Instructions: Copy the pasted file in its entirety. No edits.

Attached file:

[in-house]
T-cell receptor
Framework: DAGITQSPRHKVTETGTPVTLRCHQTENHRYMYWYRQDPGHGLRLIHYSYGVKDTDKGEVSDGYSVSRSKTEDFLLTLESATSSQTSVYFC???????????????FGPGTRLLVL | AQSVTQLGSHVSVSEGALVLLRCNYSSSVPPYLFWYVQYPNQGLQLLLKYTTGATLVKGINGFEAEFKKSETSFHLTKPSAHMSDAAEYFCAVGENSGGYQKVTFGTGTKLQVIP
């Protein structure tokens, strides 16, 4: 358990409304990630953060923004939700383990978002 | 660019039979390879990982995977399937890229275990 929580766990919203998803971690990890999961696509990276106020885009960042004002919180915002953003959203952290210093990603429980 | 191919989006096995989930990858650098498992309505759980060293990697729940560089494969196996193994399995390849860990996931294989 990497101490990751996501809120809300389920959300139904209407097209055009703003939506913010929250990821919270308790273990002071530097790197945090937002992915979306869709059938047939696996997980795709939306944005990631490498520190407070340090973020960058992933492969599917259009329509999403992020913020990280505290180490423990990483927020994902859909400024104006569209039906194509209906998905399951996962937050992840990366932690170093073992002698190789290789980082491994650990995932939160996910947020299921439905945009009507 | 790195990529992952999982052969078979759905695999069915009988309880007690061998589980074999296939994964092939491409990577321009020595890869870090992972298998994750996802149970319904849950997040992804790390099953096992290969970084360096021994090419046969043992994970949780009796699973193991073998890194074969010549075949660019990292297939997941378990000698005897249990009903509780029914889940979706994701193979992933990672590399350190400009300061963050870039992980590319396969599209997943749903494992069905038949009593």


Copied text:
[in-house]
T-cell receptor
Framework: DAGITQSPRHKVTETGTPVTLRCHQTENHRYMYWYRQDPGHGLRLIHYSYGVKDTDKGEVSDGYSVSRSKTEDFLLTLESATSSQTSVYFC???????????????FGPGTRLLVL | AQSVTQLGSHVSVSEGALVLLRCNYSSSVPPYLFWYVQYPNQGLQLLLKYTTGATLVKGINGFEAEFKKSETSFHLTKPSAHMSDAAEYFCAVGENSGGYQKVTFGTGTKLQVIP
């Protein structure tokens, strides 16, 4: 358990409304990630953060923004939700383990978002 | 660019039979390879990982995977399937890229275990 929580766990919203998803971690990890999961696509990276106020885009960042004002919180915002953003959203952290210093990603429980 | 191919989006096995989930990858650098498992309505759980060293990697729940560089494969196996193994399995390849860990996931294989 990497101490990751996501809120809300389920959300139904209407097209055009703003939506913010929250990821919270308790273990002071530097790197945090937002992915979306869709059938047939696996997980795709939306944005990631490498520190407070340090973020960058992933492969599917259009329509999403992020913020990280505290180490423990990483927020994902859909400024104006569209039906194509209906998905399951996962937050992840990366932690170093073992002698190789290789980082491994650990995932939160996910947020299921439905945009009507 | 790195990529992952999982052969078979759905695999069915009988309880007690061998589980074999296939994964092939491409990577321009020595890869870090992972298998994750996802149970319904849950997040992804790390099953096992290969970084360096021994090419046969043992994970949780009796699973193991073998890194074969010549075949660019990292297939997941378990000698005897249990009903509780029914889940979706994701193979992933990672590399350190400009300061963050870039992980590319396969599209997943749903494992069905038949009593």